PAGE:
The Fresh Loaf

News & Information for Amateur Bakers and Artisan Bread Enthusiasts

high capacity mixers—opinions?

scott lynch's picture
scott lynch

high capacity mixers—opinions?

I am now baking out of a 30" round mud oven and I want a mixer that can mix up more dough than my Kitchen Aid 5 qt.  I have no beef with the KA, but I need more capacity.  Wondering if people have thoughts on the following:

KA 6 qt

DeLonghi 7 qt

Viking 7 qt

New Cuisinart 7 qt

Electrolux 8 qt

or any others you might know of, but $600 is about the top of the price range.

Realistically, this would augment my KA, not replace it, as filling the oven will likely require both machines.
Appreciate any wisdom the group can provide.

SDbaker's picture

I have the KA 600 Pro, 6 qt.  It handles a lot of dough.  I double recipes with no problem.  Although not a stiff dough, I tripled the banana bread recipe you see under the favorite recipes and I think it only came half way up the bowl.  I've never had an overheating safety stop. 

I really wanted the Viking but when I heard it takes twice as long to whip egg whites and Cooks Illulstrated had a tough time with the attachments staying in, I opted for the KA 600.  Regardless of what you hear, the gears in the 600 are metal, not plastic.  One thing I do not like is the that the attachments are not dishwasher safe, ie, lots of alluminum oxide will form (I believe that's what it was).  Apparently you can purchase stainless steel attachments.

 hope this helps,

SD Baker

BROTKUNST's picture

I also have a KA 600 Pro and I am very happy with it. Since I got a really good deal on it I did not buy my first choice, a Viking. The fact that the attachments cannot go in the dishwasher is a no-issue to me since I quickly rinse them off right away. That's necessary especially if you want to start the next batch shortly after.

The KA 600 Pro is a definite upgrade to the KA6 or KA5, not only because of the more powerful dough hook and the larger thrust bearings. My second machine will be the Viking though.


JIP's picture

Another avenue if you really want to go wild would be to see if you can't find a Hobart 20 qt..  You might find a real good deal on one of these used.  Ebay has them woute a bit and I have seen them go for a relative song.  Where I live they also have a used restaurant equipment dealer and I have seen them there not sure on their price though.

breadnerd's picture

I have an Elextrolux, and it will do all you need to fill the oven. Yesterday I mixed 2 batches of 2.5 pounds, and a 4 pound batch of sourdough, and then a 5 pound batch of 50/50 wheat sandwhich bread. It was actually kind of smaller batches than usual, but it can easily do 3-4 kinds of dough in a row with no complaints.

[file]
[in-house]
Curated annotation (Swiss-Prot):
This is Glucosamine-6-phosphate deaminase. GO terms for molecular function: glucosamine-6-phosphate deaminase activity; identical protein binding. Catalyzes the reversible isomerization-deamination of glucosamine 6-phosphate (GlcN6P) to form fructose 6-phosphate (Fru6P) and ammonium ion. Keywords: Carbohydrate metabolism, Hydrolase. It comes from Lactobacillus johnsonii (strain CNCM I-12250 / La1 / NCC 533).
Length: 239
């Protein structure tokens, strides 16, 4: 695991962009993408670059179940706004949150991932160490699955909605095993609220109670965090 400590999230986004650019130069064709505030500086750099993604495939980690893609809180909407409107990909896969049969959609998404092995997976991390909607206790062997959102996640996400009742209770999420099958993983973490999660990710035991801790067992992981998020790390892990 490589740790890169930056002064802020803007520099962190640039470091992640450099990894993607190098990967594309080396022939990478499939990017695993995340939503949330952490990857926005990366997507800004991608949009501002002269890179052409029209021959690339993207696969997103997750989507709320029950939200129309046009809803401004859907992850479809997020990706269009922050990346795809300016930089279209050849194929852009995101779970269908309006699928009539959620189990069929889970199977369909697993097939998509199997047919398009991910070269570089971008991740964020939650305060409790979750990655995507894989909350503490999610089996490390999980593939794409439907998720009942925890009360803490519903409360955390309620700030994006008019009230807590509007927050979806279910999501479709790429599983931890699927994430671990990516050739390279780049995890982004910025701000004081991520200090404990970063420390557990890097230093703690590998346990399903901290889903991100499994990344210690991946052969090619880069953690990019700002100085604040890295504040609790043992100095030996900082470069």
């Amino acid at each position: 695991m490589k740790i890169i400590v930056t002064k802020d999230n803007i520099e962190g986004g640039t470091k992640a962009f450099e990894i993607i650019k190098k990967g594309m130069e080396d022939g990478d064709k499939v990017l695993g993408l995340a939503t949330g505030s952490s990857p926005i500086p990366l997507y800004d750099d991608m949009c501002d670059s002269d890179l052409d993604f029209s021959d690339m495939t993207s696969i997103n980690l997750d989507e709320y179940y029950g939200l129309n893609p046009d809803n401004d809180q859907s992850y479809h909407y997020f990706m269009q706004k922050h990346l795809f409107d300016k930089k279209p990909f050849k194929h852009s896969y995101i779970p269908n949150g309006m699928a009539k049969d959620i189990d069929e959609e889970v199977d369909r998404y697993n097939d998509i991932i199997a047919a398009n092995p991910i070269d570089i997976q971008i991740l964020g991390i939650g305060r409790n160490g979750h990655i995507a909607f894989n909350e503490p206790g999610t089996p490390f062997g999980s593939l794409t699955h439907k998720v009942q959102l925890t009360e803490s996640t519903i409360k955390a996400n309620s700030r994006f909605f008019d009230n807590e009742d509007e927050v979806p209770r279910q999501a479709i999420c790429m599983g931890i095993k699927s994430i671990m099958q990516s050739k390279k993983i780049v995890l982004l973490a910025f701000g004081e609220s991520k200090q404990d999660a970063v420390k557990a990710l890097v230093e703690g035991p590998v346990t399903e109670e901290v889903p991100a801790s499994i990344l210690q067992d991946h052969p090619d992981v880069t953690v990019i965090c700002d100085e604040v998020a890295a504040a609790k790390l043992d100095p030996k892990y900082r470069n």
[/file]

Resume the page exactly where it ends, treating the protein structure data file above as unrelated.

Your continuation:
I picked up a KA later to supplement, mostly for small things like cookies and cakes, and the ocassional small batch of pizza dough that might get lost in the DLX.

I think one of the larger KAs would probably work for you too, but the DLX is really a strong workhorse, I really like it.


naschol's picture

I regularly use a DLX to make 4 2# loaves of 100% whole grain bread with ease.  I could mix more, but that's all my oven can handle at one time.


I had a KA before I got my DLX, but it just struggled too much with whole grain dough.  I still have it and use it for other things, occasionally, but the DLX is my mixer of choice for breads.



Rock's picture

I got the 7qt DeLonghi to do large batches of heavy wet dough and it hasn't let me down, but I got it for $295 about 2 years ago.  I thing the price was low because of mergers and buy outs.  The only thing it can't do is a very large batch of bagle dough which is pretty dry and stiff.

Even though I really like this one, for your needs I would recommend the DLX just so you can make enough to really use your oven to the max.

I'm new here so I'm wondering if you've posted any pictures of your oven or any "how to" for building.

scott lynch's picture
scott lynch

We have a few finishing touches left to add, and I want to learn to run it well enough that I  can turn out loaves that are pretty enough for company.  Baked 4 medium boules today using the Della Fattoria polenta recipe from ABAA, and it was a bit of a disappointment--dough was too slack and sticky for all the moving around (proofing indoors, baking outdoors) and they are rather flat.

So, more to come.  So far, the project has been a good success with some lessons learned.

ehanner's picture


I'm going to build an earth oven this summer and I'm interested in how it works for you and what lessons you are learning. Maybe you should start another thread as there are others who would like to see this. I hadn't thought about the issue of proofing in one area and moving to the outdoor oven.


Marty's picture

I too am looking. Does anyone have a comment on the Bosch Universal? I kind of like the price and the described kneading action seems efficient. Comments so far about listed brands has been very useful.

RigoJancsi's picture

Has anyone used the new Cuisinart 7 quart (or 5.5 quart mixer)? how does it compare with Bosch Universal?